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Pair of pooches become first dogs in Aotearoa trained to sniff out kauri dieback

The first two dogs in New Zealand, trained to sniff out the deadly disease kauri dieback, have formally graduated.

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It’s hoped dogs will be able to stop the spread of the disease killing the trees across the Auckland region. Source: 1 NEWS

Five-year-old Jagdterrier Mawhai and four-year-old English Springer spaniel Pip have spent the last year working with trainers.

They’ll help sniff out the unwanted organism, with the goal of preventing it from spreading further.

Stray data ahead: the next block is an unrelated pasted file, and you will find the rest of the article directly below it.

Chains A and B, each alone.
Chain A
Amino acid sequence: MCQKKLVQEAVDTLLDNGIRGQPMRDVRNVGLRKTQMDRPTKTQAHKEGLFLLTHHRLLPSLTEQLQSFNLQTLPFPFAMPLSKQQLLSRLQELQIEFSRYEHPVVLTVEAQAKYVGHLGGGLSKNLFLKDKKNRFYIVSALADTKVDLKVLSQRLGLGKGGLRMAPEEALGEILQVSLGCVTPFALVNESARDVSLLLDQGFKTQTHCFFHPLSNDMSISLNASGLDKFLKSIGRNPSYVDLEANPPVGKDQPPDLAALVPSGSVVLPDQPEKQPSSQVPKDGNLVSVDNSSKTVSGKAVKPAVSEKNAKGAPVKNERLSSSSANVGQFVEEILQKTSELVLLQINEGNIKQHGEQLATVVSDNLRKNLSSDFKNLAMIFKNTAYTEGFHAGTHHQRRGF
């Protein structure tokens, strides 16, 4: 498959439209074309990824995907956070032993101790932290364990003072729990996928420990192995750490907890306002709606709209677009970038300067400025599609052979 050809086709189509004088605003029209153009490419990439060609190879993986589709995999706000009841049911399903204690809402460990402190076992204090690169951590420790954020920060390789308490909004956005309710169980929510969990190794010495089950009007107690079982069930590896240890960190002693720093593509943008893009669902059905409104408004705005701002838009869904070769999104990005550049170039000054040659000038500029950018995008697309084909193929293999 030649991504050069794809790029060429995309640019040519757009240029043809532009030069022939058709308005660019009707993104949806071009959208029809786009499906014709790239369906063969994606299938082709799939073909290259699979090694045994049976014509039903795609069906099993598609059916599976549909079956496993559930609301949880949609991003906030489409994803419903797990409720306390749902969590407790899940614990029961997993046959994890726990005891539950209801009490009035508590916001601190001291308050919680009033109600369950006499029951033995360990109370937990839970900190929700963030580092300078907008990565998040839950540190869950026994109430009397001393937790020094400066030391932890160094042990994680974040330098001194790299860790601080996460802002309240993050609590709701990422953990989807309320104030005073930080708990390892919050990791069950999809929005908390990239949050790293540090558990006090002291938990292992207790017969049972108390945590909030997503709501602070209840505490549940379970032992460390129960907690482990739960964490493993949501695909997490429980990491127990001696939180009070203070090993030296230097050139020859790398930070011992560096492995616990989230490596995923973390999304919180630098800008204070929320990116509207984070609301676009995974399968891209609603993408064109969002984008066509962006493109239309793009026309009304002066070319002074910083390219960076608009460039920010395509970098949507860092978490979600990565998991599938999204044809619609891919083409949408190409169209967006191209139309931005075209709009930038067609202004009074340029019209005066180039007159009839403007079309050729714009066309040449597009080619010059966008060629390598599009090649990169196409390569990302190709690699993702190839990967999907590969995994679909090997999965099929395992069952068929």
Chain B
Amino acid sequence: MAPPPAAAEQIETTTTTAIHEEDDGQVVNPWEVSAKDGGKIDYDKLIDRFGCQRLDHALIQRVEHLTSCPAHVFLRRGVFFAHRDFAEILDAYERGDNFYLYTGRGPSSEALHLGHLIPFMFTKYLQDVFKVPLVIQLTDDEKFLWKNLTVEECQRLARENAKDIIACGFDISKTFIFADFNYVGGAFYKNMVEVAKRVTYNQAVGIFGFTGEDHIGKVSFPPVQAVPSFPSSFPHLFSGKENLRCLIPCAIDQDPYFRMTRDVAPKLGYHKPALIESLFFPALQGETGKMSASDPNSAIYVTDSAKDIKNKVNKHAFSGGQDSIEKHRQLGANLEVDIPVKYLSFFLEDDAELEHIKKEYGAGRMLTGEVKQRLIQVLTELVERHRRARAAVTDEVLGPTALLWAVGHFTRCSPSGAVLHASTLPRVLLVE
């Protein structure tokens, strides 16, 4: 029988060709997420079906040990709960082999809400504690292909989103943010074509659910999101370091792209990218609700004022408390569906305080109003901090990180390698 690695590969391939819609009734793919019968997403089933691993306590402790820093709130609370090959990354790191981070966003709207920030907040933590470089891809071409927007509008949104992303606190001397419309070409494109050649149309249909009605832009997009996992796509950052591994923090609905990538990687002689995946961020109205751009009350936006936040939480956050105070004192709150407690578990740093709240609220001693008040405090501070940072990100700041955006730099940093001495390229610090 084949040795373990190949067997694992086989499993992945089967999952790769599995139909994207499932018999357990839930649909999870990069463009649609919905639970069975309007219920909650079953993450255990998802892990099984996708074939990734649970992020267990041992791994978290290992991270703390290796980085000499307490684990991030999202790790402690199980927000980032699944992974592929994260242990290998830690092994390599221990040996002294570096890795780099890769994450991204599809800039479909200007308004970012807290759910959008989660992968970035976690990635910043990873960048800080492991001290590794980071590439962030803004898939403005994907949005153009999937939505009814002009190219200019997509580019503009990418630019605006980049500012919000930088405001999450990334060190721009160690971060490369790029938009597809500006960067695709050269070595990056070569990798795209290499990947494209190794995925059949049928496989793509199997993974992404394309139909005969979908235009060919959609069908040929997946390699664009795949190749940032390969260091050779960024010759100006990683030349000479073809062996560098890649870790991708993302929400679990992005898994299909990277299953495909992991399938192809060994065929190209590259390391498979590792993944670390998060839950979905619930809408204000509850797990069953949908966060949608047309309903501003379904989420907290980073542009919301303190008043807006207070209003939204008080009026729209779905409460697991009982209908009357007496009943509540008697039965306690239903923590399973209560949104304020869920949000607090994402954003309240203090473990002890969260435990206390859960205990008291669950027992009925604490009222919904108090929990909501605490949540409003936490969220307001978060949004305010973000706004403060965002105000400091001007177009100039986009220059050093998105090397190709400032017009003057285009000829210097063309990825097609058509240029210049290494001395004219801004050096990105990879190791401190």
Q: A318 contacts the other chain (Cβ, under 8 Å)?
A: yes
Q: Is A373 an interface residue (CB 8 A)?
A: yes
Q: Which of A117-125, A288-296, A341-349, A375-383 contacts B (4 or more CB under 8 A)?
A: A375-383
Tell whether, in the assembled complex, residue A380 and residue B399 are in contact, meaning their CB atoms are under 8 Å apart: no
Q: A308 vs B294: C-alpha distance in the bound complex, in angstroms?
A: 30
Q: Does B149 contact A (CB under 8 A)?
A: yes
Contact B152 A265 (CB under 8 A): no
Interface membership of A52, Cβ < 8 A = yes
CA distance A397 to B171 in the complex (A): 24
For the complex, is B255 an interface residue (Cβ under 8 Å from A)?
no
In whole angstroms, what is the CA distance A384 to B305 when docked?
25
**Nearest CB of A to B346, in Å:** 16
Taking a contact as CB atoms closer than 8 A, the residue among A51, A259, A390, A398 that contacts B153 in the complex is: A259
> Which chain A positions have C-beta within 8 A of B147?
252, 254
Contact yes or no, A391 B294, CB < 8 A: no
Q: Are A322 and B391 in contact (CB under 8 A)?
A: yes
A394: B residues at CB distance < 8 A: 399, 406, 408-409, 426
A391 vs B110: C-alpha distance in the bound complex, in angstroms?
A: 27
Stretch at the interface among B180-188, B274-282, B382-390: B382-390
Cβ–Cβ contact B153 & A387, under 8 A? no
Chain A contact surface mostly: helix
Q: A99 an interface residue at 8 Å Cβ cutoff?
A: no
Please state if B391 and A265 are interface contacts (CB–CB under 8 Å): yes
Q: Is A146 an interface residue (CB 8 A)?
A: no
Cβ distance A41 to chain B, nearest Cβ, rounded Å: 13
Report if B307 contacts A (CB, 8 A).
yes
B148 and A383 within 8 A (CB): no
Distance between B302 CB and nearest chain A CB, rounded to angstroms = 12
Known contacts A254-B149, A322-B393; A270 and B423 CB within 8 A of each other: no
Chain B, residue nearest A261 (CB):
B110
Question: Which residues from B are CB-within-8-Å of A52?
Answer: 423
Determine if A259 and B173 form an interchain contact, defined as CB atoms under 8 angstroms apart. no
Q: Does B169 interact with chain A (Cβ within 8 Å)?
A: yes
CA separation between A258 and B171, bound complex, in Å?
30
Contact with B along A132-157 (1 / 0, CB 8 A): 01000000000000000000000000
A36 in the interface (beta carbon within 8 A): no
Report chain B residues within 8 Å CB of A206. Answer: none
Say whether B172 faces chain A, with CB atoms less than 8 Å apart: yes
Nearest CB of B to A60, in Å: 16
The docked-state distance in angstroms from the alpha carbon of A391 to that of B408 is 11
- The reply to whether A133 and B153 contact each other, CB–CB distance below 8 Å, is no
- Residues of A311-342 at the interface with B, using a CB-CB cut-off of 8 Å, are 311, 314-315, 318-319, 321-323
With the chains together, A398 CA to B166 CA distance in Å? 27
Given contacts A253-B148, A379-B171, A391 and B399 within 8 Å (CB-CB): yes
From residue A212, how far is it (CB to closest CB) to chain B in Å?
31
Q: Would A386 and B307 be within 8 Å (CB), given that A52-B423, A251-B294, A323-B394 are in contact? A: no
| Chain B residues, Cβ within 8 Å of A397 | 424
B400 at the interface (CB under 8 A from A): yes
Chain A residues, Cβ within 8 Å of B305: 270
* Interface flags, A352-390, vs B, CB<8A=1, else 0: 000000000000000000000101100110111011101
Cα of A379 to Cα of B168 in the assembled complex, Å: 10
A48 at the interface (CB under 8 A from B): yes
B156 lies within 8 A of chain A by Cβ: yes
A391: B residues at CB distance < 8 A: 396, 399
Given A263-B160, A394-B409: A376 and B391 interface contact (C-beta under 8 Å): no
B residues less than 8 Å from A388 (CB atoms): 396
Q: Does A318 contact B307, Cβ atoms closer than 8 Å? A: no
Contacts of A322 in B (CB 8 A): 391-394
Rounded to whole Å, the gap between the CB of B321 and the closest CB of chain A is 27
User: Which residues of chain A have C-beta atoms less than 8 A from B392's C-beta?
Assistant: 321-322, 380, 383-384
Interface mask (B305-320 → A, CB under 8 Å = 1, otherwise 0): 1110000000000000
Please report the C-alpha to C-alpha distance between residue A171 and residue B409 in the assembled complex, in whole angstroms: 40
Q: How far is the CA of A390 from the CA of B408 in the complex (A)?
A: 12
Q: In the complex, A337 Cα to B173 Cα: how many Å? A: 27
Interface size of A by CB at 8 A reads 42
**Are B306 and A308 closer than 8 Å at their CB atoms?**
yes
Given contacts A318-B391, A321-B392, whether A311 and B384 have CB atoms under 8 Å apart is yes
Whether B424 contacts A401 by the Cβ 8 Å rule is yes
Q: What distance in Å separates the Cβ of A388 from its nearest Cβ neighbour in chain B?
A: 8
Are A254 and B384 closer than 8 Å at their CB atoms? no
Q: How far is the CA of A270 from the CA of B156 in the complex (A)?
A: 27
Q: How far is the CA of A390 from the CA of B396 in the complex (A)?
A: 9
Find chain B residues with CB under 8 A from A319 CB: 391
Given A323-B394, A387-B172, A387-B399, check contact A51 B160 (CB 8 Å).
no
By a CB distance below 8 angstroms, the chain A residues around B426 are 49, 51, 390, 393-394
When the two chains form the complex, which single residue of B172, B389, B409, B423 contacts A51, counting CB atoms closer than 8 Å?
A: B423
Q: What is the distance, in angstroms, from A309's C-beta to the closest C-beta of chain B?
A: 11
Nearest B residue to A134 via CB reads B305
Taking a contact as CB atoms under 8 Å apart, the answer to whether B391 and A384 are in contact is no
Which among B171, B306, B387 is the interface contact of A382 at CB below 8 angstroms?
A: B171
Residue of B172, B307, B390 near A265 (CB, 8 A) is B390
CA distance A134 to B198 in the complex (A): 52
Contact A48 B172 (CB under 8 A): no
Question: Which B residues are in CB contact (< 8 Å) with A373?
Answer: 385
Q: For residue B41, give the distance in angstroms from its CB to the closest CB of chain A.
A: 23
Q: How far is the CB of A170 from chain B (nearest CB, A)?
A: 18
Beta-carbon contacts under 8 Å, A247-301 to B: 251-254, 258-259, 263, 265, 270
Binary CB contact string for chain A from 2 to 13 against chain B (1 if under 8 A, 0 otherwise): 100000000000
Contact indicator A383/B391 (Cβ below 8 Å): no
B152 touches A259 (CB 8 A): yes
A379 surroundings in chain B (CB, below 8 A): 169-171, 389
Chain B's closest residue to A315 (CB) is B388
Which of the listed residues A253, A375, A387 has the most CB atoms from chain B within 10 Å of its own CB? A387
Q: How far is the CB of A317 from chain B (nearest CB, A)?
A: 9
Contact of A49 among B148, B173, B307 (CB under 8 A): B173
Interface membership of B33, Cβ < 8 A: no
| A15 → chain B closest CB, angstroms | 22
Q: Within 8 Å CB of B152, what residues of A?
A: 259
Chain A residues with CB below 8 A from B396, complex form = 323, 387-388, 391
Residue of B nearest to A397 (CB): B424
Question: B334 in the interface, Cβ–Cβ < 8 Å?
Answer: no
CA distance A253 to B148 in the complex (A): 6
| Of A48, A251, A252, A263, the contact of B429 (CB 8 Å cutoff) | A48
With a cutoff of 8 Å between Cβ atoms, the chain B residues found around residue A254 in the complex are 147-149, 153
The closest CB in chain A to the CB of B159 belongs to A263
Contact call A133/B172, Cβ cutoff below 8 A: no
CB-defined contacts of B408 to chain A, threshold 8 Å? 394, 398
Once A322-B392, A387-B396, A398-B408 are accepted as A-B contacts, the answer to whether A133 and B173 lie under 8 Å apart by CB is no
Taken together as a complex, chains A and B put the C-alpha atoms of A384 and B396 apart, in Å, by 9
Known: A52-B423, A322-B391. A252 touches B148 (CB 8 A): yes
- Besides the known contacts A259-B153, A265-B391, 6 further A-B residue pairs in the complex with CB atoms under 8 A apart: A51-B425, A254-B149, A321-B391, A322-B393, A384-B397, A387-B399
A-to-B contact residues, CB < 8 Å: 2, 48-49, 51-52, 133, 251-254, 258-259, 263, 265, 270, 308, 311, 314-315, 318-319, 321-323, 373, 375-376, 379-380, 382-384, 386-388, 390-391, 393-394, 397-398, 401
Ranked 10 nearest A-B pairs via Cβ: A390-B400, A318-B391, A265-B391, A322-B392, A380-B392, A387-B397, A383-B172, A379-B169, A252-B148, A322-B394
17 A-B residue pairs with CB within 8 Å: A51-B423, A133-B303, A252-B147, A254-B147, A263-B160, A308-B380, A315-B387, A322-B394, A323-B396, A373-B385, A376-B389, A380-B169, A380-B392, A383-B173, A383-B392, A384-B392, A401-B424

Auckland Council’s kauri dieback team manager Lisa Tolich told 1 NEWS that the dogs are now a critical line of defence.

"When those materials are bringing to parklands with healthy kauri, we've got the chance now to screen those in a rapid way and cover large territories too."

Other testing methods can take days to weeks to return a result.

Auckland Council’s spent a little over $49,000 to date in training the two dogs, after formally floating the idea in 2016.

Mayor Phil Goff says it’s a smart investment.

“These dogs provide instant diagnosis,” he said.

“They're a really important tool to spot the spread, and they're cost effective.”

The dogs learnt how to spot the disease through special samples sent from Havelock North, which had to be cleared for use by the Ministry for Primary Industries.

Now that training is complete, they’ll be sent back.